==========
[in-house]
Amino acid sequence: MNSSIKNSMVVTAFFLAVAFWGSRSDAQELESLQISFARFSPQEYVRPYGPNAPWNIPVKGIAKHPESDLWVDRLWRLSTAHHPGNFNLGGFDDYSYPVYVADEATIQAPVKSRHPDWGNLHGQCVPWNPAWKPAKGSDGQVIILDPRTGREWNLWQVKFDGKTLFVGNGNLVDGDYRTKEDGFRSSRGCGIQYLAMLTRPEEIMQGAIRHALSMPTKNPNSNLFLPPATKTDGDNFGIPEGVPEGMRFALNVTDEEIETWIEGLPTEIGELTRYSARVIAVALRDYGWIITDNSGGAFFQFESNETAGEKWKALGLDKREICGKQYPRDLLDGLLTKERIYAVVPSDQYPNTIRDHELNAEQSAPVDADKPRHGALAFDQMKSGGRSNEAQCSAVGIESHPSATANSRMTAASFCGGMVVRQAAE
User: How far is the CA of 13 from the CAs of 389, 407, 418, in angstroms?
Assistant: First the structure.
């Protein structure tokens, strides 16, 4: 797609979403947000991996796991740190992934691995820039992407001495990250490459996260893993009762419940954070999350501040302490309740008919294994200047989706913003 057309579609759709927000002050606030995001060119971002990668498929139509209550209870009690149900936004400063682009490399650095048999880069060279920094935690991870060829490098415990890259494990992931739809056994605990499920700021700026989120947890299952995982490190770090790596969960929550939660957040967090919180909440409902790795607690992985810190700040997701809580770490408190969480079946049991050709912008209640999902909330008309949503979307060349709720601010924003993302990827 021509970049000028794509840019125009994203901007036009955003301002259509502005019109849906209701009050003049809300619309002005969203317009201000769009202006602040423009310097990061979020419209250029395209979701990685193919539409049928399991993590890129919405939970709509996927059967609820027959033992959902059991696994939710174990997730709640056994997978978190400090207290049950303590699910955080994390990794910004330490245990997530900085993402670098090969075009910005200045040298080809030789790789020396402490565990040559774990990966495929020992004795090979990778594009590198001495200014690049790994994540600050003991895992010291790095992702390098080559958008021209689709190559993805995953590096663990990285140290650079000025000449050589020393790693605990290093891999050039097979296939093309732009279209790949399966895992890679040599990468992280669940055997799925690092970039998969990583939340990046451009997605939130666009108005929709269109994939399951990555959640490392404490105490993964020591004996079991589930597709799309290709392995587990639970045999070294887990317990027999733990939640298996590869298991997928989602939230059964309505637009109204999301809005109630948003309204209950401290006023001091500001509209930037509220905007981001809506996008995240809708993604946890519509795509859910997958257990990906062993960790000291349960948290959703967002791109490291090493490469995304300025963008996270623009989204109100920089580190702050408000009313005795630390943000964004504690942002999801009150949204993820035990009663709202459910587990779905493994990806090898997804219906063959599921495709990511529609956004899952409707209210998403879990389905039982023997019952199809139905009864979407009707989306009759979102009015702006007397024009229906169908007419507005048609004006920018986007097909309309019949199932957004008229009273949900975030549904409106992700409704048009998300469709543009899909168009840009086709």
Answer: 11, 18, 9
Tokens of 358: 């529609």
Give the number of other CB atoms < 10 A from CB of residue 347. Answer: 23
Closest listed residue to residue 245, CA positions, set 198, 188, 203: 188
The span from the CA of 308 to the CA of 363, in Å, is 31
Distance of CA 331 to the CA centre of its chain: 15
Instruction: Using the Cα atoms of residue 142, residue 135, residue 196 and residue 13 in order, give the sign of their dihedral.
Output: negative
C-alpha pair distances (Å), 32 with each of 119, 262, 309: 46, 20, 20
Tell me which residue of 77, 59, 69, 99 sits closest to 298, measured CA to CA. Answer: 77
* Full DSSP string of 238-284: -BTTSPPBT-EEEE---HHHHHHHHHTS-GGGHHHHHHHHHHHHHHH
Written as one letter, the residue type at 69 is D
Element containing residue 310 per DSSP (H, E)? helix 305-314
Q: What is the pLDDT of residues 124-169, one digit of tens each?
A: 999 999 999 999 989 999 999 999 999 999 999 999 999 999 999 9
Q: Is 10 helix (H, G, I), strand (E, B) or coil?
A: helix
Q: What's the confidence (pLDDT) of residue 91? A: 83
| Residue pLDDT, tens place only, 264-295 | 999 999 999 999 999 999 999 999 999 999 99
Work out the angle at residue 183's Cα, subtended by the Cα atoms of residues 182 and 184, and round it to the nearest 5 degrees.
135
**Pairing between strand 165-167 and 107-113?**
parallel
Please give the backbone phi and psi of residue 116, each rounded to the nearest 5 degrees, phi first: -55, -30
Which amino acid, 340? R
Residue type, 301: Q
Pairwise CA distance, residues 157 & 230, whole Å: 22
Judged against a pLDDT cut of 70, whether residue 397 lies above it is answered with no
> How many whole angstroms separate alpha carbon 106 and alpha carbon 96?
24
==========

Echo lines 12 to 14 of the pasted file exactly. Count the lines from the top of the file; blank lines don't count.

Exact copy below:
Instruction: Using the Cα atoms of residue 142, residue 135, residue 196 and residue 13 in order, give the sign of their dihedral.
Output: negative
C-alpha pair distances (Å), 32 with each of 119, 262, 309: 46, 20, 20